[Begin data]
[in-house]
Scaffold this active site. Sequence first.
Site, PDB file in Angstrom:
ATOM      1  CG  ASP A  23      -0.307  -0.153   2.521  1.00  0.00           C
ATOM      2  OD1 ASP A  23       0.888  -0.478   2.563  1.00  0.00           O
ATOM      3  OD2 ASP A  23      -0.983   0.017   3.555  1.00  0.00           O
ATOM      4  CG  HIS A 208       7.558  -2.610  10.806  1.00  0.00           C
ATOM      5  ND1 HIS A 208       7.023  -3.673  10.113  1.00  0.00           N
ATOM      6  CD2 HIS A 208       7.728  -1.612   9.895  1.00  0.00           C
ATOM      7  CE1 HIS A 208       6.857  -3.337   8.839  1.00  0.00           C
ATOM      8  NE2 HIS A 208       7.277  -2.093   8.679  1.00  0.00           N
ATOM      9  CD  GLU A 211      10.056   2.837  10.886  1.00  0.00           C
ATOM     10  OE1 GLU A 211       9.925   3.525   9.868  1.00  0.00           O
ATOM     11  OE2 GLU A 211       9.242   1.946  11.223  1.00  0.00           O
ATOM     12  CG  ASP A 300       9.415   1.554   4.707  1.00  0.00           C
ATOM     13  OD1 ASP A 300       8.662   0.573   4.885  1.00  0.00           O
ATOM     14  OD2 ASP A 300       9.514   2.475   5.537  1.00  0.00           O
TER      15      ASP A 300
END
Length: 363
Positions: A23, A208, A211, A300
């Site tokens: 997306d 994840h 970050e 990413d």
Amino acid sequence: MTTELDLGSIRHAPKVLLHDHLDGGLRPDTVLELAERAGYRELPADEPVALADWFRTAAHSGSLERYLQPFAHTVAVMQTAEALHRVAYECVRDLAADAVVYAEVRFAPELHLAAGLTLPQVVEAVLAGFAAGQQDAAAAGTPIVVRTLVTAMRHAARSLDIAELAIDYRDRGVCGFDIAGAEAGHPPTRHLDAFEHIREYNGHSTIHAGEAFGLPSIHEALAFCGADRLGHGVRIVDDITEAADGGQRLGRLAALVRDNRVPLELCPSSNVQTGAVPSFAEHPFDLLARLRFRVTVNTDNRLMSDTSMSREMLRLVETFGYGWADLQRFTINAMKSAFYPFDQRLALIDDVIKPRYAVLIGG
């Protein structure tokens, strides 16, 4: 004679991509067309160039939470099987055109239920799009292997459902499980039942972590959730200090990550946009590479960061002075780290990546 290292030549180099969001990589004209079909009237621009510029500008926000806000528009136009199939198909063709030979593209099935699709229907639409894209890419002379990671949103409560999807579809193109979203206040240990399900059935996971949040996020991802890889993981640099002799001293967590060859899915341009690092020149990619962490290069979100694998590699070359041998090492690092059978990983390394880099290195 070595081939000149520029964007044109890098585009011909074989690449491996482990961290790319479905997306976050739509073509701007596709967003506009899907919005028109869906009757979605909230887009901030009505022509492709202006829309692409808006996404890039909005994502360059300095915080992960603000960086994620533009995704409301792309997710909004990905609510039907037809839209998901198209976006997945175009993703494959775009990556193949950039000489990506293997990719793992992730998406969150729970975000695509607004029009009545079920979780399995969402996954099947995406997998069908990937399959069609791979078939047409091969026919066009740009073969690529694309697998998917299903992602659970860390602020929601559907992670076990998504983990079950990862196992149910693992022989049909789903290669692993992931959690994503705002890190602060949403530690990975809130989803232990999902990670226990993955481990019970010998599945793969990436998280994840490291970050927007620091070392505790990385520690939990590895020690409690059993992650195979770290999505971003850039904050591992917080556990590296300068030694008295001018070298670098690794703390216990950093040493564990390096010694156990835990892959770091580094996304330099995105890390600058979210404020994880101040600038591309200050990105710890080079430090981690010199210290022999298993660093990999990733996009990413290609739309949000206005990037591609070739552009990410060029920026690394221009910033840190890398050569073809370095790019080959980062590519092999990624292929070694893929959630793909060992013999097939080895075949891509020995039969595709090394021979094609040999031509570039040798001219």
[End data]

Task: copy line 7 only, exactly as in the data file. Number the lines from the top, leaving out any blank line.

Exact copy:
ATOM      4  CG  HIS A 208       7.558  -2.610  10.806  1.00  0.00           C